Do you still have some qualms about the impact of 5G? Any studies I forgot to mention? Let’s hash it out in the comment section below!



Jasmine Glasheen
the authorJasmine Glasheen
Writer
Jasmine Glasheen is Senior Copywriter. She's a writer, speaker, and retail and technology thought leader. Glasheen is a leading voice on what comes next, sharing her insights in retail magazines, news sites, tech blogs, and eBooks.
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5 Comments

  • I’ve worked in cellular for 30+ years (as a switch engineer, maintaining/repairing the equipment that processes people’s phone calls), and some of the things I’ve heard from conspiracy theories are flat absurd. On the issue of “radiation,” the fact is 5G uses the same frequencies as cellular always has. Nothing has changed.

    To do what the conspiracy theorists claim 5G does, it would have to be ionizing radiation, putting its frequencies in the same range as x-rays and gamma rays. So, yes, these conspiracies actually do deserve to be disparaged. They aren’t even remotely close to being scientific fact.

    I would say more, but that would likely get conspiracy theorists off on another unscientific jaunt.

  • It’s funny that you don’t believe government agency certifications are bought and paid for, just like the corrupt politicians who name their directors and dictate their findings.

  • When 5G has the same frequency as our brain waves that is a huge concern from a brain health perspective. How many of these studies are actually independent of the industry or regulatory bodies themselves?

  • One of my favorite authors, Steven Novella, the author of “The Skeptics Guide to the Universe” de-bunked the 5G issues in his blog (NeuroLogica Blog). He is an academic clinical neurologist at Yale University School of Medicine so he is fairly well qualified.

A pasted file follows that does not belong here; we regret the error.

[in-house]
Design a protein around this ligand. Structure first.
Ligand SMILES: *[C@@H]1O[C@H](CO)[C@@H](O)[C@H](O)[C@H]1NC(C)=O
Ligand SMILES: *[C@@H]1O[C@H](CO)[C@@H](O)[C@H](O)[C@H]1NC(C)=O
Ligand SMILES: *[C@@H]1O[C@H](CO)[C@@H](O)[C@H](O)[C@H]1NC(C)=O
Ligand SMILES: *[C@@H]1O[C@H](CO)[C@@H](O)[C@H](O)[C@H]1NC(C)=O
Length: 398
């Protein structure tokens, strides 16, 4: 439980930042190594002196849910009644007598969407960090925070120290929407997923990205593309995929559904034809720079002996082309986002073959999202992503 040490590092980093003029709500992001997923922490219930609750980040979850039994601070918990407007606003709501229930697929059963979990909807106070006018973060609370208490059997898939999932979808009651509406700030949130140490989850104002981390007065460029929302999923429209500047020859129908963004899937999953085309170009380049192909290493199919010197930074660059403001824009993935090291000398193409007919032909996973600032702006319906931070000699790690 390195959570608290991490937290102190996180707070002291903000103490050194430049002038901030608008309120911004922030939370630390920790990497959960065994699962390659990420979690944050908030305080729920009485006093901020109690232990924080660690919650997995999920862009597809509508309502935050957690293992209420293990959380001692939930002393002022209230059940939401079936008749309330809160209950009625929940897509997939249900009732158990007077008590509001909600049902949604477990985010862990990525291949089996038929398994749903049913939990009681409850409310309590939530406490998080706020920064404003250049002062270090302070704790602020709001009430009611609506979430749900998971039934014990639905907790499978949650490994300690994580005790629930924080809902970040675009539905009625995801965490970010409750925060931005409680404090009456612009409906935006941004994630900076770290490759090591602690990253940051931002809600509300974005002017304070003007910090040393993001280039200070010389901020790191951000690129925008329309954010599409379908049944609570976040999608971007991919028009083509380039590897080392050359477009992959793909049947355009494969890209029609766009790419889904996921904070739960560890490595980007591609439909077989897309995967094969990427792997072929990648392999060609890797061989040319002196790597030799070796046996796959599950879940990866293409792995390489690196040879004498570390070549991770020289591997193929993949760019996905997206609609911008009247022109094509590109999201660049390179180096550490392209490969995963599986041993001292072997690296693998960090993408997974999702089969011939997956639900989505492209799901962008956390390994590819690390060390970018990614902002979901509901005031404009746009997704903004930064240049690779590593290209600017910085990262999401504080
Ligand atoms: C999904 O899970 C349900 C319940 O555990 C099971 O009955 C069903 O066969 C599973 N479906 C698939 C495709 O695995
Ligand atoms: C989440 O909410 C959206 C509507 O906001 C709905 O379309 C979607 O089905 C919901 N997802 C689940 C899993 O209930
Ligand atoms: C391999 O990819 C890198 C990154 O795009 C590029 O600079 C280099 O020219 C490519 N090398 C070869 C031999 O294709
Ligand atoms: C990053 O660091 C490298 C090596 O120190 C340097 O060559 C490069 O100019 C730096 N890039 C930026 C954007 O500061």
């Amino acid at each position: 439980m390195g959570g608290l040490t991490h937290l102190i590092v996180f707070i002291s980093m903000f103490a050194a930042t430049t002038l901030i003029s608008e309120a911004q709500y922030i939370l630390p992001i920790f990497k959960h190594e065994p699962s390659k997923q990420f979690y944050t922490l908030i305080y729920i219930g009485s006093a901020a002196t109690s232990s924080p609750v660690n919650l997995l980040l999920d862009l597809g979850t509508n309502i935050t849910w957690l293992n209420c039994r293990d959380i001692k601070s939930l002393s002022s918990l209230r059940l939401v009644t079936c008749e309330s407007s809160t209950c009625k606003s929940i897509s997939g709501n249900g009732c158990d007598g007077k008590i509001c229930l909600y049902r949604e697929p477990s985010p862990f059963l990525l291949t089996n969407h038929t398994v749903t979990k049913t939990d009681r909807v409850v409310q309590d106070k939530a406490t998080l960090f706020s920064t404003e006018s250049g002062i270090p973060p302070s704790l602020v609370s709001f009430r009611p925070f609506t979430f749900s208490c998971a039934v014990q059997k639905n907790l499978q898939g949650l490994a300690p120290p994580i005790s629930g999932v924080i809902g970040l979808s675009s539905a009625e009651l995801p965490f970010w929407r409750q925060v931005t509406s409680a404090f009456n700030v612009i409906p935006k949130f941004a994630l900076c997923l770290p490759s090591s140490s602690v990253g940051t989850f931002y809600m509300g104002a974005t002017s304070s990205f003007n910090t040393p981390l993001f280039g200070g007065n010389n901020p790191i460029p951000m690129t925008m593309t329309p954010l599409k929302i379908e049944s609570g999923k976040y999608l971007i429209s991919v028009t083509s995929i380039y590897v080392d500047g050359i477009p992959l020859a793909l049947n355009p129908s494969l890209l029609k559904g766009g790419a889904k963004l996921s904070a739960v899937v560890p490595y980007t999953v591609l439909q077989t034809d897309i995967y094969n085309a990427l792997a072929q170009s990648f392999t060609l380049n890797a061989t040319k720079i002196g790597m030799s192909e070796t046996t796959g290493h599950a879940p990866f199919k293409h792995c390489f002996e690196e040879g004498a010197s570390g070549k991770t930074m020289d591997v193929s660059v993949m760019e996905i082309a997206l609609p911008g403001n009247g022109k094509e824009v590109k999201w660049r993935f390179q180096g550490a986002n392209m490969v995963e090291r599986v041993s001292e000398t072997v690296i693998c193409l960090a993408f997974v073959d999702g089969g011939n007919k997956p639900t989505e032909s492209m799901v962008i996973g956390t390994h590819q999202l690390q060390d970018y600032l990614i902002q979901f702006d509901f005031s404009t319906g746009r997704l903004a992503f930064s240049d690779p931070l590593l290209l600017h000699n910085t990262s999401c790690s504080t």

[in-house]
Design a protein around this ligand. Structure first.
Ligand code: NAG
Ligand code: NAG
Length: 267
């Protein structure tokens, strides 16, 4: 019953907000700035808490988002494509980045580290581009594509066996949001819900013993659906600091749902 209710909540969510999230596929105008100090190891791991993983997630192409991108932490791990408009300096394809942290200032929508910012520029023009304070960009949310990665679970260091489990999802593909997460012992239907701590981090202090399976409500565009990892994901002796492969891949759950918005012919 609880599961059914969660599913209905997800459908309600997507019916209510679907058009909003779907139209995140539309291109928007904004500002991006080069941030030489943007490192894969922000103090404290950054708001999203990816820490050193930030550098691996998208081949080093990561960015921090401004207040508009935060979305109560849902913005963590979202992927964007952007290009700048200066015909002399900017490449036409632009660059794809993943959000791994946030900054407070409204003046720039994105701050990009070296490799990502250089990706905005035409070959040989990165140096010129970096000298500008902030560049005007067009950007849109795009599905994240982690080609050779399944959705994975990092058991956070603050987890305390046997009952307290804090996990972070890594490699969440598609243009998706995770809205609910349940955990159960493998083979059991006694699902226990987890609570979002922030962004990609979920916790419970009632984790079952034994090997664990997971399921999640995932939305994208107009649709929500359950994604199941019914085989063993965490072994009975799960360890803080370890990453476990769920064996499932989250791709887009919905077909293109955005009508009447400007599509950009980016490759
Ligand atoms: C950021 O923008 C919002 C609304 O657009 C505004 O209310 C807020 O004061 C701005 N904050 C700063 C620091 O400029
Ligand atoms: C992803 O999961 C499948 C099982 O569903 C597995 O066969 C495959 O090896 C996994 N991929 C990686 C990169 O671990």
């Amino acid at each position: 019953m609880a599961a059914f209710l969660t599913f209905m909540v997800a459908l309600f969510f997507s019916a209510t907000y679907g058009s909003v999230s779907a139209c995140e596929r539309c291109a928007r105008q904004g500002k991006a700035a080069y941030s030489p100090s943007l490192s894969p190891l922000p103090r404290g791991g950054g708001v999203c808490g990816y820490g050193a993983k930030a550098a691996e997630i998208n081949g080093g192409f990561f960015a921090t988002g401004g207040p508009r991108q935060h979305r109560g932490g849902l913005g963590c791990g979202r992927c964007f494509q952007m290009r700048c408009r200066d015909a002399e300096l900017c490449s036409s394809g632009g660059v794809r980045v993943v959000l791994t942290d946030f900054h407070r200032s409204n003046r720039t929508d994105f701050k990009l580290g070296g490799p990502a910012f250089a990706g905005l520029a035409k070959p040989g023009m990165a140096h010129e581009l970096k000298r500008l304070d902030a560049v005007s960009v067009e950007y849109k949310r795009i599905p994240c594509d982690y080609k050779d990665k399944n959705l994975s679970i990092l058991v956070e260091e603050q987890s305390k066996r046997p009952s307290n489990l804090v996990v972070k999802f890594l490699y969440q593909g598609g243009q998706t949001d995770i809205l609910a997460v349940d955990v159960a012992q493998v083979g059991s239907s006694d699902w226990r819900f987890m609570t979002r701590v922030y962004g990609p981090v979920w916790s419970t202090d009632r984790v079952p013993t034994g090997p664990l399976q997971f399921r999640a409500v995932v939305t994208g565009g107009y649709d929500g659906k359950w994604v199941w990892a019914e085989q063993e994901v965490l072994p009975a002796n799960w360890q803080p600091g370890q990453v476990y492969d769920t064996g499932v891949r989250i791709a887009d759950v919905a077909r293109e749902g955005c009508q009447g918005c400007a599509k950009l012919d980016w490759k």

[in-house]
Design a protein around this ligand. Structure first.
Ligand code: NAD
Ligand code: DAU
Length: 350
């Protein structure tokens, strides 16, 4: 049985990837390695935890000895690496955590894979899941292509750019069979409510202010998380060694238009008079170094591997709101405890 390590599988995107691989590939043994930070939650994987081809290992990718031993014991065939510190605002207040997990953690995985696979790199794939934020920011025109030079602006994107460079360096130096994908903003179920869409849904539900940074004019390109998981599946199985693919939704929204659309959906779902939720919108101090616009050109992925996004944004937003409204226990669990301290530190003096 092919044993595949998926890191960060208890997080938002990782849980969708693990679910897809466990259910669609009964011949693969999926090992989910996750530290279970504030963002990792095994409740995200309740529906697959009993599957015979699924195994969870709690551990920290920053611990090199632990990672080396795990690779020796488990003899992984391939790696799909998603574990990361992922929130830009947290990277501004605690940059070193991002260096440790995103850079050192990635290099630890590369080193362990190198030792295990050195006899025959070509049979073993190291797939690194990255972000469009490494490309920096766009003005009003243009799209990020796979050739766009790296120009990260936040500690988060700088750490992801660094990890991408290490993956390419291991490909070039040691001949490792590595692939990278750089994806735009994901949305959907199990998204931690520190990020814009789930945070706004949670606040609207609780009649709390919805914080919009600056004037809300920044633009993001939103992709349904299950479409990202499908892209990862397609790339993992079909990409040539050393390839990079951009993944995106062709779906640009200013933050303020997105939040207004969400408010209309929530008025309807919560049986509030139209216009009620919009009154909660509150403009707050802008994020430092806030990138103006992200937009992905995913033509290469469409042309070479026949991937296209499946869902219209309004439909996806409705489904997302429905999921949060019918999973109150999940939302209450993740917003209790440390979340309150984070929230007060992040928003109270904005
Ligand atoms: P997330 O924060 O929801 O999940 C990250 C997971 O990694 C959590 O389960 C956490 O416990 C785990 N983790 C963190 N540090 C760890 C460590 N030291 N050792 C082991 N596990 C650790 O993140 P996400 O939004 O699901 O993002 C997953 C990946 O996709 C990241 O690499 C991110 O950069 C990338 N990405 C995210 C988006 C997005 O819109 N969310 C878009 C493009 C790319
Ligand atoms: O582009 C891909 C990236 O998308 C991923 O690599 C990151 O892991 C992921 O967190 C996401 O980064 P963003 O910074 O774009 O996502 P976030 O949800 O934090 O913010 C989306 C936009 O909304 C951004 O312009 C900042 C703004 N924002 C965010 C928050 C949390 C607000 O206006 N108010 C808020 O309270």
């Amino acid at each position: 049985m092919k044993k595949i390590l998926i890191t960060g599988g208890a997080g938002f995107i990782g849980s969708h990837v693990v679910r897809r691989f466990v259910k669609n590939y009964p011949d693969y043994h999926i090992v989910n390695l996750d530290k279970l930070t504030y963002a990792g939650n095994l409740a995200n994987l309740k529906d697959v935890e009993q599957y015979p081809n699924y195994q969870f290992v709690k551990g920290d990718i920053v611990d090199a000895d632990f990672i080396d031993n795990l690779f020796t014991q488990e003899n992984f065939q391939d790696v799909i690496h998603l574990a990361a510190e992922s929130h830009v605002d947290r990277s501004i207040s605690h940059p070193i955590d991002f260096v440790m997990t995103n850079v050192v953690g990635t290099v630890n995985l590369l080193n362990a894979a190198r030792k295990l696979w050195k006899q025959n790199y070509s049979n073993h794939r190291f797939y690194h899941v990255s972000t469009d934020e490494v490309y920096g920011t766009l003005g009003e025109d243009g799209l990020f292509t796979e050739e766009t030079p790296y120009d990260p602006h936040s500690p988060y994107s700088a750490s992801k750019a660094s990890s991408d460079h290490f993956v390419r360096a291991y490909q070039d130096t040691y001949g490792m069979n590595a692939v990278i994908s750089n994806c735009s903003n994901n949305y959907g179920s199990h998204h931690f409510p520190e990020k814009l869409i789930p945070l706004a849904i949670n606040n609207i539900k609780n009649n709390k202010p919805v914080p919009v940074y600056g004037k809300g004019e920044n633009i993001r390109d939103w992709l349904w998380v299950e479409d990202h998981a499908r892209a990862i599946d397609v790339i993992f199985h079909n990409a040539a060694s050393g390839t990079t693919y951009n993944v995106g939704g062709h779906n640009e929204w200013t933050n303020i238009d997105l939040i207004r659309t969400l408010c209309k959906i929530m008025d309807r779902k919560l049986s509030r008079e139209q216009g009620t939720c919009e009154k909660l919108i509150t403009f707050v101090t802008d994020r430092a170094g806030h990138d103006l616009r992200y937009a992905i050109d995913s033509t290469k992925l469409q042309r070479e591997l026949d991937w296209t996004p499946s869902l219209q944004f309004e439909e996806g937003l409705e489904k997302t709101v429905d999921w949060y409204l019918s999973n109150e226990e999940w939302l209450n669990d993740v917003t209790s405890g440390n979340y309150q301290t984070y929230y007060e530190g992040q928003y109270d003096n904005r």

From his blog he says: “Your life is full of risks that are orders of magnitude more significant than even the worst case scenario with 5G.”

    I suppose if you climbed the tower and leaned your head against the antenna for hours you might have some negative consequences but then again that behavior might just lead to something worse like falling off of the tower … but not due to 5G … just stupidity.

    If you read his book you can easily see how conspiracy theorists “fall down the rabbit hole”. There are many cognitive behavioral issues that afflict humans to distort their ability to think in scientific terms and sometimes even connect the obvious dots.

  • My concern with 5G isn’t about the radio waves per se (though it will be interesting to see how folks react when their cell phones don’t work in blackouts since it’s unlikely that the orders of magnitude more transceivers required will have battery backups like current cell towers do). Rather, it’s that 5G makes possible the IOT, and that, in turn, gives the elites hundreds of times more ability to set up the complete surveillance state. Forget hackers breaking into my air fryer; the real concern is when Big Brother is able to view everyone 24/7 and with the help of that other wonderful tech, A.I., we will all get “social scores”.

    Think it’s unlikely? See what is happening now in China. For those who would like to learn something I suggest Kai Strittmatter’s book “We Have Been Harmonized” – quite the eye opener. The genuine problem with all this is that a tiny number of people are in control and, in effect, get to decide what others can see and learn (witness the censorship on social media). Imagine a day when Googling “9/11” brings up articles and pieces about the emergency telephone system but noting about that “thing that some folks did in New York in 2001”. It is not out of the realm of possibility – Strittmatter pointed out that for the 30th anniversary of the 1989 Tiananmen Square protests were completely ignored by the population thanks to the tireless efforts of the CCP’s censors, who went so far as to delete messages mentioning June 4 as well as “May 35th”.